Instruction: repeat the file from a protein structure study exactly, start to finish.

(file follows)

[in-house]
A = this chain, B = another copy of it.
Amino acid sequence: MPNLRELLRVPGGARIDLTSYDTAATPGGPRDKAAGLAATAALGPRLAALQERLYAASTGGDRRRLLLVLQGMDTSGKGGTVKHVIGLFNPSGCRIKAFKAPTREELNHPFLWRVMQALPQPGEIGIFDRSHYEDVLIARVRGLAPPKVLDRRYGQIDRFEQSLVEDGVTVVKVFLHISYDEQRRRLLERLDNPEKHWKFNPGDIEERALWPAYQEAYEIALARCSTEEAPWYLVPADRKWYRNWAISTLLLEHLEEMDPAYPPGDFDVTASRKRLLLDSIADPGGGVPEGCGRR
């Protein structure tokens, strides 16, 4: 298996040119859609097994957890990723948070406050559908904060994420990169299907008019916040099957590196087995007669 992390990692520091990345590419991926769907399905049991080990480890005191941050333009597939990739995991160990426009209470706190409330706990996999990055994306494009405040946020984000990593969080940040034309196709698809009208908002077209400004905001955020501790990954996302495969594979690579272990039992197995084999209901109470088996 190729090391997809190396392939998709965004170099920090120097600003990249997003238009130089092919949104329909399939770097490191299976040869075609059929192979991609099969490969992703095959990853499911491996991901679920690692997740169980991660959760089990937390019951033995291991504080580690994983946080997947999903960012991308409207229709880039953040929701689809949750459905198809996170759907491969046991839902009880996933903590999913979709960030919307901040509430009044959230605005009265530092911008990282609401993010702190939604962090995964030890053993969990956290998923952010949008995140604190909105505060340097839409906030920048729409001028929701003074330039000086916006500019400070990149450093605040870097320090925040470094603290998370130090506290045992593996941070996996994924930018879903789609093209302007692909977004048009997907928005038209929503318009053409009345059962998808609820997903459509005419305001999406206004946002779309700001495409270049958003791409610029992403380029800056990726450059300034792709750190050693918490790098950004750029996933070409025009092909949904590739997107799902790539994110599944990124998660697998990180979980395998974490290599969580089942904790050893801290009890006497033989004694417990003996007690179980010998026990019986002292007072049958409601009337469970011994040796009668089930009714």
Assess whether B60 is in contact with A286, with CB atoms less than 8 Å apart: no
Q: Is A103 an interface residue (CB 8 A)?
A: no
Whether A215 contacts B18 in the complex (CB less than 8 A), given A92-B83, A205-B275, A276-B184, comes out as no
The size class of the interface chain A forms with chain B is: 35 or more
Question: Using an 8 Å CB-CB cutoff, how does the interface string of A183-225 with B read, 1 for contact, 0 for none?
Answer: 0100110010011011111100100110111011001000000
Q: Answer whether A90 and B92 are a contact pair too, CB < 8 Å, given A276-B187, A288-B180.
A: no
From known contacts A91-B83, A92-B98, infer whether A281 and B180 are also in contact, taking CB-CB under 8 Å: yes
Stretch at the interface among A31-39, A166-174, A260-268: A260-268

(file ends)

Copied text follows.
[in-house]
A = this chain, B = another copy of it.
Amino acid sequence: MPNLRELLRVPGGARIDLTSYDTAATPGGPRDKAAGLAATAALGPRLAALQERLYAASTGGDRRRLLLVLQGMDTSGKGGTVKHVIGLFNPSGCRIKAFKAPTREELNHPFLWRVMQALPQPGEIGIFDRSHYEDVLIARVRGLAPPKVLDRRYGQIDRFEQSLVEDGVTVVKVFLHISYDEQRRRLLERLDNPEKHWKFNPGDIEERALWPAYQEAYEIALARCSTEEAPWYLVPADRKWYRNWAISTLLLEHLEEMDPAYPPGDFDVTASRKRLLLDSIADPGGGVPEGCGRR
């Protein structure tokens, strides 16, 4: 298996040119859609097994957890990723948070406050559908904060994420990169299907008019916040099957590196087995007669 992390990692520091990345590419991926769907399905049991080990480890005191941050333009597939990739995991160990426009209470706190409330706990996999990055994306494009405040946020984000990593969080940040034309196709698809009208908002077209400004905001955020501790990954996302495969594979690579272990039992197995084999209901109470088996 190729090391997809190396392939998709965004170099920090120097600003990249997003238009130089092919949104329909399939770097490191299976040869075609059929192979991609099969490969992703095959990853499911491996991901679920690692997740169980991660959760089990937390019951033995291991504080580690994983946080997947999903960012991308409207229709880039953040929701689809949750459905198809996170759907491969046991839902009880996933903590999913979709960030919307901040509430009044959230605005009265530092911008990282609401993010702190939604962090995964030890053993969990956290998923952010949008995140604190909105505060340097839409906030920048729409001028929701003074330039000086916006500019400070990149450093605040870097320090925040470094603290998370130090506290045992593996941070996996994924930018879903789609093209302007692909977004048009997907928005038209929503318009053409009345059962998808609820997903459509005419305001999406206004946002779309700001495409270049958003791409610029992403380029800056990726450059300034792709750190050693918490790098950004750029996933070409025009092909949904590739997107799902790539994110599944990124998660697998990180979980395998974490290599969580089942904790050893801290009890006497033989004694417990003996007690179980010998026990019986002292007072049958409601009337469970011994040796009668089930009714």
Assess whether B60 is in contact with A286, with CB atoms less than 8 Å apart: no
Q: Is A103 an interface residue (CB 8 A)?
A: no
Whether A215 contacts B18 in the complex (CB less than 8 A), given A92-B83, A205-B275, A276-B184, comes out as no
The size class of the interface chain A forms with chain B is: 35 or more
Question: Using an 8 Å CB-CB cutoff, how does the interface string of A183-225 with B read, 1 for contact, 0 for none?
Answer: 0100110010011011111100100110111011001000000
Q: Answer whether A90 and B92 are a contact pair too, CB < 8 Å, given A276-B187, A288-B180.
A: no
From known contacts A91-B83, A92-B98, infer whether A281 and B180 are also in contact, taking CB-CB under 8 Å: yes
Stretch at the interface among A31-39, A166-174, A260-268: A260-268